Regardless, it will be hard for the currency to ditch its clouded outlook entirely as the incoming data is expected to confirm a deteriorating economic backdrop with too high inflation. The employment report for September is up first on Tuesday, to be followed by the consumer price index for October on Wednesday. Retail sales figures will round up the week on Friday.

Few drivers for the euro

Across the channel, the euro’s recovery above parity against the US dollar might lose momentum amid mostly second-tier releases on the European calendar. Industrial production for September on Monday, quarterly employment estimates on Tuesday, alongside the second reading of Q3 GDP will all help investors get a better idea of how the Eurozone economy is riding out the energy and inflation storm. However, Thursday’s final estimate of October inflation is the only one that’s likely to spur some reaction in the euro, but only if there is an upward revision.

Otherwise, the euro will take its cues from the dollar and possibly from ECB speakers, who are growing ever more hawkish. Changes in sentiment towards the pound might also spill over to the euro given that lately, investors increasingly see the outlook for the UK and Eurozone economies being intertwined, with their fate tied to how the energy crisis will unfold.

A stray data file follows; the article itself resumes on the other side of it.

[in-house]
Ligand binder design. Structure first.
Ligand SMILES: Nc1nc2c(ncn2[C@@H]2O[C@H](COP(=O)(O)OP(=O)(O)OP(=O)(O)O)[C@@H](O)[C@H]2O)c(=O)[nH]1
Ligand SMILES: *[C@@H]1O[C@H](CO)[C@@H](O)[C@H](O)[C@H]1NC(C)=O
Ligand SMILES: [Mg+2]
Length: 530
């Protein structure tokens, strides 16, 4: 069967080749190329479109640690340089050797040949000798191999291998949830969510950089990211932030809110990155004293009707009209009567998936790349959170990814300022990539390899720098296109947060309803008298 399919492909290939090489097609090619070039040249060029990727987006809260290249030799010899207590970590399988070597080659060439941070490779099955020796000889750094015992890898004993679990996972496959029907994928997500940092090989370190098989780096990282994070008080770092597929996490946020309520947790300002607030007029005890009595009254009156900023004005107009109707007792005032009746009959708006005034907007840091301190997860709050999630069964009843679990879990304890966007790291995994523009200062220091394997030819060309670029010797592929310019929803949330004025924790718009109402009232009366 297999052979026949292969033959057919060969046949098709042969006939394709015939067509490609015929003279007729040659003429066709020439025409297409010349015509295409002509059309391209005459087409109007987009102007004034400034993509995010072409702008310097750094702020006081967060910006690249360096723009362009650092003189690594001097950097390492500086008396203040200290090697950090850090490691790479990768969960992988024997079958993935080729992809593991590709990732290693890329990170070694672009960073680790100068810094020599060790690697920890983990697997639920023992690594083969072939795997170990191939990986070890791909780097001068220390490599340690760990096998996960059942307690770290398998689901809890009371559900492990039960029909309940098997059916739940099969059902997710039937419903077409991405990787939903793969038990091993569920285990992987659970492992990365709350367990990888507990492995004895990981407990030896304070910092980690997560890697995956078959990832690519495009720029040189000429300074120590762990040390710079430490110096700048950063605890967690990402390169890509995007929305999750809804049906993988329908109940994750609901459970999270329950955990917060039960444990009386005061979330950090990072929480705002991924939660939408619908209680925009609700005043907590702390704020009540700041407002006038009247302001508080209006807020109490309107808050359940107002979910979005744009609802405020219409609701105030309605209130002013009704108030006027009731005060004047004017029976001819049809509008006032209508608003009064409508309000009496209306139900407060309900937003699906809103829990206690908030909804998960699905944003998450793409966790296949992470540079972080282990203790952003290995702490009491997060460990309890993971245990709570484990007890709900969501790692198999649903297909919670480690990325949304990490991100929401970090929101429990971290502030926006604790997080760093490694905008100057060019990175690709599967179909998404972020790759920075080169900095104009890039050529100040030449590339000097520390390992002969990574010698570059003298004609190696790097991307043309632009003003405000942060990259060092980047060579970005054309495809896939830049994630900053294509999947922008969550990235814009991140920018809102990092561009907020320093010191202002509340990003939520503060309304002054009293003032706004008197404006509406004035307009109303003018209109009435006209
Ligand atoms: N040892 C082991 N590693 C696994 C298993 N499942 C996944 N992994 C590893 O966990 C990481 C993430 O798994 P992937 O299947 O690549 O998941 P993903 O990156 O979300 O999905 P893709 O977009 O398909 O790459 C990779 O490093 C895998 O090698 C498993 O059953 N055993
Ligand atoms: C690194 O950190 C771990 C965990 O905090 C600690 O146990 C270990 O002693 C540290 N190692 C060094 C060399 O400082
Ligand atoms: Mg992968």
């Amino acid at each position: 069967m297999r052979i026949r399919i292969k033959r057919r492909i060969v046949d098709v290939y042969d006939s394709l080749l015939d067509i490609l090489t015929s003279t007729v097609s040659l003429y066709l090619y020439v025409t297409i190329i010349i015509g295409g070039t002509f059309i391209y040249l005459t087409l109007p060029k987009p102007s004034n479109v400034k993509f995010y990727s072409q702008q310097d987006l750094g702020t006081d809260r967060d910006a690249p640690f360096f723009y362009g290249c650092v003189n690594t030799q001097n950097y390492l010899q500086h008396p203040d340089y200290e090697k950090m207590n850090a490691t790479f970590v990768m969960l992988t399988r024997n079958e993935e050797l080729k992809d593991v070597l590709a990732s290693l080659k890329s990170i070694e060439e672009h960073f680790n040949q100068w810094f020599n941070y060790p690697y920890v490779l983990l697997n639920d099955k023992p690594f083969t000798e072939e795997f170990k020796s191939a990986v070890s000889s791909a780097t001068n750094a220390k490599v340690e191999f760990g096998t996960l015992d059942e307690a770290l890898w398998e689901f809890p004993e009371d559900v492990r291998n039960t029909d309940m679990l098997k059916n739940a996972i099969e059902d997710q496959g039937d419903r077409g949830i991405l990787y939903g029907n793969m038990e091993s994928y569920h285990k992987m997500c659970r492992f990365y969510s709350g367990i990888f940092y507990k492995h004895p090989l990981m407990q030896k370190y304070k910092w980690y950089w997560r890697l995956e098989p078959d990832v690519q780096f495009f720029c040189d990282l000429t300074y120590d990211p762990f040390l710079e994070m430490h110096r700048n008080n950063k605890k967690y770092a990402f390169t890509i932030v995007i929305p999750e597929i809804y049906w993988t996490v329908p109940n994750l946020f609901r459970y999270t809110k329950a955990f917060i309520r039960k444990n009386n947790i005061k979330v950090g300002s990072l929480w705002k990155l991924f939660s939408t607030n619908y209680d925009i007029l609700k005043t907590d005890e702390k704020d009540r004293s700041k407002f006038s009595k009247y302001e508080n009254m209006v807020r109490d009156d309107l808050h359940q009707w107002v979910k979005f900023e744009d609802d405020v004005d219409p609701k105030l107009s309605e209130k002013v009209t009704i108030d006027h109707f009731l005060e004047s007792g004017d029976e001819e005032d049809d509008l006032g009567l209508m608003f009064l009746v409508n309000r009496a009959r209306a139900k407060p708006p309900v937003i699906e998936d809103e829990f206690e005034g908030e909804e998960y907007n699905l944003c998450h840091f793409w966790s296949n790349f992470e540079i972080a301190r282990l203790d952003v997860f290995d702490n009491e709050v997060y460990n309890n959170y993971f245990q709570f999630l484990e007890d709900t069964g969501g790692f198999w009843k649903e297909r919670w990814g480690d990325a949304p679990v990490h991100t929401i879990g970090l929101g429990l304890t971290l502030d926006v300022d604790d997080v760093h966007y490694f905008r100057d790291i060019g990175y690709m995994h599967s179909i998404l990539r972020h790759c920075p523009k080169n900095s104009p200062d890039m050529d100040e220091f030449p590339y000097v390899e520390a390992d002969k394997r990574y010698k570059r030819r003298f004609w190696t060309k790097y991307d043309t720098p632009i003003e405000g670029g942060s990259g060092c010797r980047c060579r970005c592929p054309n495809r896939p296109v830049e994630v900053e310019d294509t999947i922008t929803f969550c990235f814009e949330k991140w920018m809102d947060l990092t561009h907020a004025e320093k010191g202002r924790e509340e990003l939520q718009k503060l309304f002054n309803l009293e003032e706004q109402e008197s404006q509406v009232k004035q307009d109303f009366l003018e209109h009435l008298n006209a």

US retail sales eyed after CPI drop

Dollar bulls suffered their biggest setback in more than six years this week after CPI inflation unexpectedly eased to below 8.0% y/y in October. A 50-basis-point rate hike by the Fed in December now seems more likely than a 75-bps one, but there could be some support for the US currency next week from the latest retail sales numbers on Wednesday.